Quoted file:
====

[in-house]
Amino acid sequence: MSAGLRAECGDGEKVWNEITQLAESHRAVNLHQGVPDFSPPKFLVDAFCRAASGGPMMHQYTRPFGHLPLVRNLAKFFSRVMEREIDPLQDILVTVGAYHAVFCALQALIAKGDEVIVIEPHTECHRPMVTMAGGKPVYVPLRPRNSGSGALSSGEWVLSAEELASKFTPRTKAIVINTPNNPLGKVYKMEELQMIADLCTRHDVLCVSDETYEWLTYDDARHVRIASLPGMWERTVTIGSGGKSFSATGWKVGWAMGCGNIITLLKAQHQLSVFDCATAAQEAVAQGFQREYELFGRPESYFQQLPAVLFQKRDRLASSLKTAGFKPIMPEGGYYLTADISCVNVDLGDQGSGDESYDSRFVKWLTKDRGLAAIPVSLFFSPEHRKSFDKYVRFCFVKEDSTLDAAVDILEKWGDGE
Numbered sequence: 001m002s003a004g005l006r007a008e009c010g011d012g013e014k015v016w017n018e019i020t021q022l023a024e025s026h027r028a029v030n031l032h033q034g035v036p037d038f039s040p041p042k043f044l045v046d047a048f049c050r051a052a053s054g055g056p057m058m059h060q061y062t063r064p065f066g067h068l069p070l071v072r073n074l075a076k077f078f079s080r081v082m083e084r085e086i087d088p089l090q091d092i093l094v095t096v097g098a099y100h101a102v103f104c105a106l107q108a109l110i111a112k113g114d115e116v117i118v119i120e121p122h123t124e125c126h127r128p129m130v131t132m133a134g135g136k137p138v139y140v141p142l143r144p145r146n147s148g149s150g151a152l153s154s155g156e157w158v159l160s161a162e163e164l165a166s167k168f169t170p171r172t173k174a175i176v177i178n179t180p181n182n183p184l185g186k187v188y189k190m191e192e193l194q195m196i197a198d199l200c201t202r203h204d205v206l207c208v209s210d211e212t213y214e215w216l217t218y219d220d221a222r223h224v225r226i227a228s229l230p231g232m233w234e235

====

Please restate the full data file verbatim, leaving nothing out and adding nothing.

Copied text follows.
[in-house]
Amino acid sequence: MSAGLRAECGDGEKVWNEITQLAESHRAVNLHQGVPDFSPPKFLVDAFCRAASGGPMMHQYTRPFGHLPLVRNLAKFFSRVMEREIDPLQDILVTVGAYHAVFCALQALIAKGDEVIVIEPHTECHRPMVTMAGGKPVYVPLRPRNSGSGALSSGEWVLSAEELASKFTPRTKAIVINTPNNPLGKVYKMEELQMIADLCTRHDVLCVSDETYEWLTYDDARHVRIASLPGMWERTVTIGSGGKSFSATGWKVGWAMGCGNIITLLKAQHQLSVFDCATAAQEAVAQGFQREYELFGRPESYFQQLPAVLFQKRDRLASSLKTAGFKPIMPEGGYYLTADISCVNVDLGDQGSGDESYDSRFVKWLTKDRGLAAIPVSLFFSPEHRKSFDKYVRFCFVKEDSTLDAAVDILEKWGDGE
Numbered sequence: 001m002s003a004g005l006r007a008e009c010g011d012g013e014k015v016w017n018e019i020t021q022l023a024e025s026h027r028a029v030n031l032h033q034g035v036p037d038f039s040p041p042k043f044l045v046d047a048f049c050r051a052a053s054g055g056p057m058m059h060q061y062t063r064p065f066g067h068l069p070l071v072r073n074l075a076k077f078f079s080r081v082m083e084r085e086i087d088p089l090q091d092i093l094v095t096v097g098a099y100h101a102v103f104c105a106l107q108a109l110i111a112k113g114d115e116v117i118v119i120e121p122h123t124e125c126h127r128p129m130v131t132m133a134g135g136k137p138v139y140v141p142l143r144p145r146n147s148g149s150g151a152l153s154s155g156e157w158v159l160s161a162e163e164l165a166s167k168f169t170p171r172t173k174a175i176v177i178n179t180p181n182n183p184l185g186k187v188y189k190m191e192e193l194q195m196i197a198d199l200c201t202r203h204d205v206l207c208v209s210d211e212t213y214e215w216l217t218y219d220d221a222r223h224v225r226i227a228s229l230p231g232m233w234e235